Units have been Drinking …
As evidence of the time served with the Border Patrol units, we can use not only resources of an operative nature but also resources pertaining to the everyday activities of the political apparatus of the border patrol brigades. The “party discussions” reveal everyday matters more clearly than commands and activity reports.
“We need to look into one more issue. Our units have been drinking. Alcohol abuse has recently been a problem in the Border Patrol. Here, comrades, there really is the danger that a drunken man is a likely target for reactionary elements. In exchange for a little glass of alcohol he may tell whatever he knows. We are negligent to this. We have a lot of penalties for drinking, we are surprised by this. There are cases when our younger constables act like wild animals. What should we say when a soldier sees a younger constable high on booze and even commanding others to drink. This is a predicament we face every day. This must be done away with completely. We don’t want our troops to be teetotallers, but they have to know how much they can drink”. [punctuation added]
The above quote was taken from an address by one of the speakers at the first conference of the communist party organisation of the 7th Border Patrol Regiment in Susice in May 1951 (ABS Brno-Kanice, coll. code 2343 – 7th Border Patrol Regiment in Susice, inv. no. 1247).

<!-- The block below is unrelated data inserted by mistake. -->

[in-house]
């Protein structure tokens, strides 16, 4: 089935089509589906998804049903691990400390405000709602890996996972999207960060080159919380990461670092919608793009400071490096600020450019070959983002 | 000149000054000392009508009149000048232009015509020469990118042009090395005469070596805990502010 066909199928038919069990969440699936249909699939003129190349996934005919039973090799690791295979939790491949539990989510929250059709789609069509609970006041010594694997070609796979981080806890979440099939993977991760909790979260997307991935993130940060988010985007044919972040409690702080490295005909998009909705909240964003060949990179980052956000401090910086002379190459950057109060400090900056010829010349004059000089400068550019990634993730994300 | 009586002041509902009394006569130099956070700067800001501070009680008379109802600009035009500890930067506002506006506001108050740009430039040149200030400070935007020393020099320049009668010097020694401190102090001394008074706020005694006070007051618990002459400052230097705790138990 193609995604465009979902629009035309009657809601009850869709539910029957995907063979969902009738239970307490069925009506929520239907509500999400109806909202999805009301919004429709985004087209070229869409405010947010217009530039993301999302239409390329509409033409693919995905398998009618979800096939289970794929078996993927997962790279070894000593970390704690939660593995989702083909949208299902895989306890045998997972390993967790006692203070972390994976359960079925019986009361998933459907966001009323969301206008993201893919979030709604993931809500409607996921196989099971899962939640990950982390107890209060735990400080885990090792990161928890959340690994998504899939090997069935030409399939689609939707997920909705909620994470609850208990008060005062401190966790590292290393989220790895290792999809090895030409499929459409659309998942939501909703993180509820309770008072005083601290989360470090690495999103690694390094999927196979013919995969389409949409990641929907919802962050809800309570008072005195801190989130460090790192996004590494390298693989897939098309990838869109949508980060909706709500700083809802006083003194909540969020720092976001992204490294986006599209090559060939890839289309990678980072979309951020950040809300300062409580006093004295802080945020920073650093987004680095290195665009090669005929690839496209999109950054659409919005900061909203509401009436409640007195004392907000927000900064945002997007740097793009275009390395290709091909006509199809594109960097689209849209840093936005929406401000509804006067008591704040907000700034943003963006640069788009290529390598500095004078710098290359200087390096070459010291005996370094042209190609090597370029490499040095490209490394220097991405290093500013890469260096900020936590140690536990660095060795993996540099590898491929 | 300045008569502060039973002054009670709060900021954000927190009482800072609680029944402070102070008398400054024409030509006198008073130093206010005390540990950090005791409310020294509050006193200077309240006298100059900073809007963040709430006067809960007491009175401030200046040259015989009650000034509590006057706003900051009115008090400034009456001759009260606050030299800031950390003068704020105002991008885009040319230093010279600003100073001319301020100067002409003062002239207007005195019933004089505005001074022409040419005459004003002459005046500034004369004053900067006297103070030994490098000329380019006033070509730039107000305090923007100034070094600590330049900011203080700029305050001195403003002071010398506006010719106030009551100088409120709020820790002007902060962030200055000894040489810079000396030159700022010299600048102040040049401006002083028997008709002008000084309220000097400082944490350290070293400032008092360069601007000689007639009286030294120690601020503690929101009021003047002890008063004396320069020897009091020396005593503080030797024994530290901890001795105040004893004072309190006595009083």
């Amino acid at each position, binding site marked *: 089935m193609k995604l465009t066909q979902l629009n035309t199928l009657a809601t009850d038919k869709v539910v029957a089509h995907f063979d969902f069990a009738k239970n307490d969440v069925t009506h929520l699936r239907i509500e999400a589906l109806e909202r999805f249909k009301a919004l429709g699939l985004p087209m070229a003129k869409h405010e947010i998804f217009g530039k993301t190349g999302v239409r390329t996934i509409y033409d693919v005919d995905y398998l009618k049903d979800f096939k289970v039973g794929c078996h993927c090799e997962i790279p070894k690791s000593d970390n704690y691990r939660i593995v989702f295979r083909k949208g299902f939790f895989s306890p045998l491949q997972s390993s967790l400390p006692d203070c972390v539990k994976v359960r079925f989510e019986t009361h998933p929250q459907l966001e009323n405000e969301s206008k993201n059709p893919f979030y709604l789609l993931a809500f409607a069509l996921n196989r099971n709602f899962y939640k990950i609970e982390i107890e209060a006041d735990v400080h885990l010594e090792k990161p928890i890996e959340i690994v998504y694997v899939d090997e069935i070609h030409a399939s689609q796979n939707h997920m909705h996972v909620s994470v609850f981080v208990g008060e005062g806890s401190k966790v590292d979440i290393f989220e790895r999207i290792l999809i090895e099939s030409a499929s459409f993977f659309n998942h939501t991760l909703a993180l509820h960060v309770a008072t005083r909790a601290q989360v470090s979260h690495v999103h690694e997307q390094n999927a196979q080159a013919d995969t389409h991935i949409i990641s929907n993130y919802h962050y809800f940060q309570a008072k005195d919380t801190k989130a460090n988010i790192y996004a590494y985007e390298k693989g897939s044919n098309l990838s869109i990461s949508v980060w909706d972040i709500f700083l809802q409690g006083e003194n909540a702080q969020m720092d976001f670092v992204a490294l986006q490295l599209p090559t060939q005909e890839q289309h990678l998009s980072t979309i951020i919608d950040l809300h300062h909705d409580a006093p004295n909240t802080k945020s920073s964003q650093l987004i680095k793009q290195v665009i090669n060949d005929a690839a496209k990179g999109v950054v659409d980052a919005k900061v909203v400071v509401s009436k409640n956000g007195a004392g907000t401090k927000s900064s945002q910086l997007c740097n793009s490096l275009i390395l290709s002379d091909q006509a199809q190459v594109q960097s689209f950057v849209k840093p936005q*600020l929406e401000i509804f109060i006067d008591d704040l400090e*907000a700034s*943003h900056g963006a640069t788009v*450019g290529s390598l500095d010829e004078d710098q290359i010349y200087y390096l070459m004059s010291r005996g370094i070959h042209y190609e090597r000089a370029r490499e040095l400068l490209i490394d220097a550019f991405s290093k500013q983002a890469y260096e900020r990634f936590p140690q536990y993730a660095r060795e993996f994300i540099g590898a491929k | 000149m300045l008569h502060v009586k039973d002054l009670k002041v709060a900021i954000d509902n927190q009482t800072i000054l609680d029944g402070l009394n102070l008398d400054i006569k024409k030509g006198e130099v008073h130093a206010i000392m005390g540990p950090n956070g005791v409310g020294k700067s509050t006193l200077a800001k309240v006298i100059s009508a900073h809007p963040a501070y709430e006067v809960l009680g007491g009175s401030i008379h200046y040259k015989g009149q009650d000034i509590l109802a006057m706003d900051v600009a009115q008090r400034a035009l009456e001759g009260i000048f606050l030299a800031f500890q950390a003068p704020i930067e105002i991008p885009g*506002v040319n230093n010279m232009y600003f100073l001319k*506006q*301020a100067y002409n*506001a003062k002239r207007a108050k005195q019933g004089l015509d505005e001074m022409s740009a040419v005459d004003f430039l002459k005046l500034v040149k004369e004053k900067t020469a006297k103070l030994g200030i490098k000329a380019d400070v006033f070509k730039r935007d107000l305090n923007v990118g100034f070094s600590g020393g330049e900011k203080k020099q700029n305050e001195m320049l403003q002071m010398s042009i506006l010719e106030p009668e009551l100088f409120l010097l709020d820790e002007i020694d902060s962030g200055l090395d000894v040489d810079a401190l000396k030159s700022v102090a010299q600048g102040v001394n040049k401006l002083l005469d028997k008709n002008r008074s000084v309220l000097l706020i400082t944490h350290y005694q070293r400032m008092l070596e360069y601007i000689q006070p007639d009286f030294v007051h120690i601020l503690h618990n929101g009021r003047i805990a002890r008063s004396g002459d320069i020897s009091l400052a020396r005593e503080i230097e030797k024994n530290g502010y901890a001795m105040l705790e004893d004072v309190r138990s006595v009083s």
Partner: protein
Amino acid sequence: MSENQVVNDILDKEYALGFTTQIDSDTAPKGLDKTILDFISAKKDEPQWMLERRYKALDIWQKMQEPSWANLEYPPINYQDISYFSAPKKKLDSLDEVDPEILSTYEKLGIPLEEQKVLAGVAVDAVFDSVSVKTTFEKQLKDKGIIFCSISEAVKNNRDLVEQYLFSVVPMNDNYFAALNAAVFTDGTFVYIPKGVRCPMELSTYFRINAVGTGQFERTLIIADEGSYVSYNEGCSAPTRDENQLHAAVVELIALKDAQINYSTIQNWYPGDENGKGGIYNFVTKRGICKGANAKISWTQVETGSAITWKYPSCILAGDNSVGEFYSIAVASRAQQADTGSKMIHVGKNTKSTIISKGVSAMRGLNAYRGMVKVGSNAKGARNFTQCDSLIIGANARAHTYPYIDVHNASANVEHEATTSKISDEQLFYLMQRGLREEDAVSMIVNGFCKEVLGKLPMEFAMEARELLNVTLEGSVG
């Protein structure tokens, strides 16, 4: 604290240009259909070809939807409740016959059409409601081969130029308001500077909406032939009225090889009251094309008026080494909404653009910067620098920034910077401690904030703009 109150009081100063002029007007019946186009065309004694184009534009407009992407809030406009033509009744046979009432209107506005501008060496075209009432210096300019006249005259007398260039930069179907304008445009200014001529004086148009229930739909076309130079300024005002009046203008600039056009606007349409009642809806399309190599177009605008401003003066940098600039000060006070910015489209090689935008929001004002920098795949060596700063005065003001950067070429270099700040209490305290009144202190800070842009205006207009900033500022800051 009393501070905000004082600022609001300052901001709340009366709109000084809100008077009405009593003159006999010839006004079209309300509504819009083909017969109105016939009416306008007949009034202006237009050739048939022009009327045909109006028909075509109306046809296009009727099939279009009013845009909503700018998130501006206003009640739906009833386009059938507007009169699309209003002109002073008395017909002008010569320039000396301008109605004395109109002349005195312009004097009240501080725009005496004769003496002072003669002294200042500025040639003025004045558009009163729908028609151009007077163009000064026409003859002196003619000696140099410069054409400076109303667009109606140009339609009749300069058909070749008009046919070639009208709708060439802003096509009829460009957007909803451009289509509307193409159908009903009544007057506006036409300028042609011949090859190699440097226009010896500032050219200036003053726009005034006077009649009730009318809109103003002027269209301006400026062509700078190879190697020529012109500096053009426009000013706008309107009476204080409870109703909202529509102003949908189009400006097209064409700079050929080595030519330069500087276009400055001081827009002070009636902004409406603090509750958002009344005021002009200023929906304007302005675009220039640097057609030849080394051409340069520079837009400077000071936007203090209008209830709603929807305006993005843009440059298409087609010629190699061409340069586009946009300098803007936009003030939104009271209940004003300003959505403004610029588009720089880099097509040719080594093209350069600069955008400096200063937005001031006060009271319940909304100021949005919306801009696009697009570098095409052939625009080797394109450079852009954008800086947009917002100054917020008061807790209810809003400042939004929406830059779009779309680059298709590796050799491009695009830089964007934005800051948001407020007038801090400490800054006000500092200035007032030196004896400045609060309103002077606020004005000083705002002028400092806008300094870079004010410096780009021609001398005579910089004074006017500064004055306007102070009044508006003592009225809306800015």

The speaker is identified as “comrade Zoubek from Zelezna Ruda”. Everything indicates that this was Josef Zoubek (*1922), who was the commander of the Zelezna Ruda battalion of the 7th Border Patrol Regiment until 1 November 1951. After that he was sent on a commander course at the Higher Infantry Officers School in Bruntal and from November 1952 to 1957 he was the commander of the 4th Border Patrol Regiment in Znojmo.
The written documents from the conference provide, in the party speak, an insight into the situation of the 7th Brigade after the so-called new lineup (i.e. military patrolling) was introduced at the beginning of 1951. The accompanying images display, for instance, the conference programme, the introductory paper of the conference report, a flyer and the agenda. What is interesting is the “instruction” for the delegates, apparently in a prefabricated text. The records also contain responses to the comments that arose during the discussion. As an example, a response to the address given by Josef Zoubek is also displayed. However, it does not mention alcohol at all but responds to another part of his address – there was perhaps nothing more to be said about drinking. There is a certain anomaly of time, as the responses to the comments are put before the addresses and contributions, including the address by Josef Zoubek, and so the quoted passages being placed at the end of this material.